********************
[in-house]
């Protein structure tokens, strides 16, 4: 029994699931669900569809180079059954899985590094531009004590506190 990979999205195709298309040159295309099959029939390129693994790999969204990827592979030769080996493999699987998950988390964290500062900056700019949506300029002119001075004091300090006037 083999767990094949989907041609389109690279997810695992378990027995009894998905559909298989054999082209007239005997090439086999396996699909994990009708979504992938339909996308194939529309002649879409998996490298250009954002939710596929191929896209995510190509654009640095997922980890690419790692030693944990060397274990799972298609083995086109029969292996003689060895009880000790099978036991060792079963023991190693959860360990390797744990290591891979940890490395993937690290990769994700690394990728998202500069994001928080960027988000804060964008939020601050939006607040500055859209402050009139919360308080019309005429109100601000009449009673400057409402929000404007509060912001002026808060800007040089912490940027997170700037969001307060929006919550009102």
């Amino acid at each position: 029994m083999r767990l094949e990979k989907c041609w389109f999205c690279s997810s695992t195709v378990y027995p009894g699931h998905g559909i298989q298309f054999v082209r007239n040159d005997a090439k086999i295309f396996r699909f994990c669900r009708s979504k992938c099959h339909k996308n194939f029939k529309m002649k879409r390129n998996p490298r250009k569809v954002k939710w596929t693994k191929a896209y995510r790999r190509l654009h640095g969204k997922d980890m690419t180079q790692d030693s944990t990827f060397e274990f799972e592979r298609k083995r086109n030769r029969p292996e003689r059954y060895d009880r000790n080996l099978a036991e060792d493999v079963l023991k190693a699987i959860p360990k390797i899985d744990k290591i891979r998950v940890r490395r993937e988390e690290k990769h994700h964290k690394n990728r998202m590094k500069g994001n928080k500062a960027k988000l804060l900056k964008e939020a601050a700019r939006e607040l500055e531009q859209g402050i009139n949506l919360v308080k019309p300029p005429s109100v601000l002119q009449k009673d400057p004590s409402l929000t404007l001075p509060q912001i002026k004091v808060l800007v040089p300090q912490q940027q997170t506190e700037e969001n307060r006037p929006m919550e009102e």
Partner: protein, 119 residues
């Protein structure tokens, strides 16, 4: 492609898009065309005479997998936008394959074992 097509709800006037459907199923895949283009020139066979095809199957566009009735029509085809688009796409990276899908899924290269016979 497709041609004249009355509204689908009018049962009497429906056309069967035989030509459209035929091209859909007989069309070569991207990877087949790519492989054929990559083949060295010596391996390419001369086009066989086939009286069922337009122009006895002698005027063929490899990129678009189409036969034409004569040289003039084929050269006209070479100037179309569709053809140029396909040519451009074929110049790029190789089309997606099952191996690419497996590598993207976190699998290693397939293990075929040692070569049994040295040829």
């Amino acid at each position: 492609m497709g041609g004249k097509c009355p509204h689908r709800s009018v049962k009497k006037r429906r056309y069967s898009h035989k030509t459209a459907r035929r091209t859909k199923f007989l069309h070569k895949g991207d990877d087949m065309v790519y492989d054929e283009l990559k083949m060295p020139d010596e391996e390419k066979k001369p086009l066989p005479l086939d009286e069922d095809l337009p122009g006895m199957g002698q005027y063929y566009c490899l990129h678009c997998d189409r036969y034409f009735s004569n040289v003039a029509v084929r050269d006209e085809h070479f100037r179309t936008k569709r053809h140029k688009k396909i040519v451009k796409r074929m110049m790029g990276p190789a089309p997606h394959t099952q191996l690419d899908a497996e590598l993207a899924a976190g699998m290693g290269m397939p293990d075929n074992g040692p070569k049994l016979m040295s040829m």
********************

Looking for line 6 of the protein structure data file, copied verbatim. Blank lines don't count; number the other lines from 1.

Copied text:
């Amino acid at each position: 492609m497709g041609g004249k097509c009355p509204h689908r709800s009018v049962k009497k006037r429906r056309y069967s898009h035989k030509t459209a459907r035929r091209t859909k199923f007989l069309h070569k895949g991207d990877d087949m065309v790519y492989d054929e283009l990559k083949m060295p020139d010596e391996e390419k066979k001369p086009l066989p005479l086939d009286e069922d095809l337009p122009g006895m199957g002698q005027y063929y566009c490899l990129h678009c997998d189409r036969y034409f009735s004569n040289v003039a029509v084929r050269d006209e085809h070479f100037r179309t936008k569709r053809h140029k688009k396909i040519v451009k796409r074929m110049m790029g990276p190789a089309p997606h394959t099952q191996l690419d899908a497996e590598l993207a899924a976190g699998m290693g290269m397939p293990d075929n074992g040692p070569k049994l016979m040295s040829m």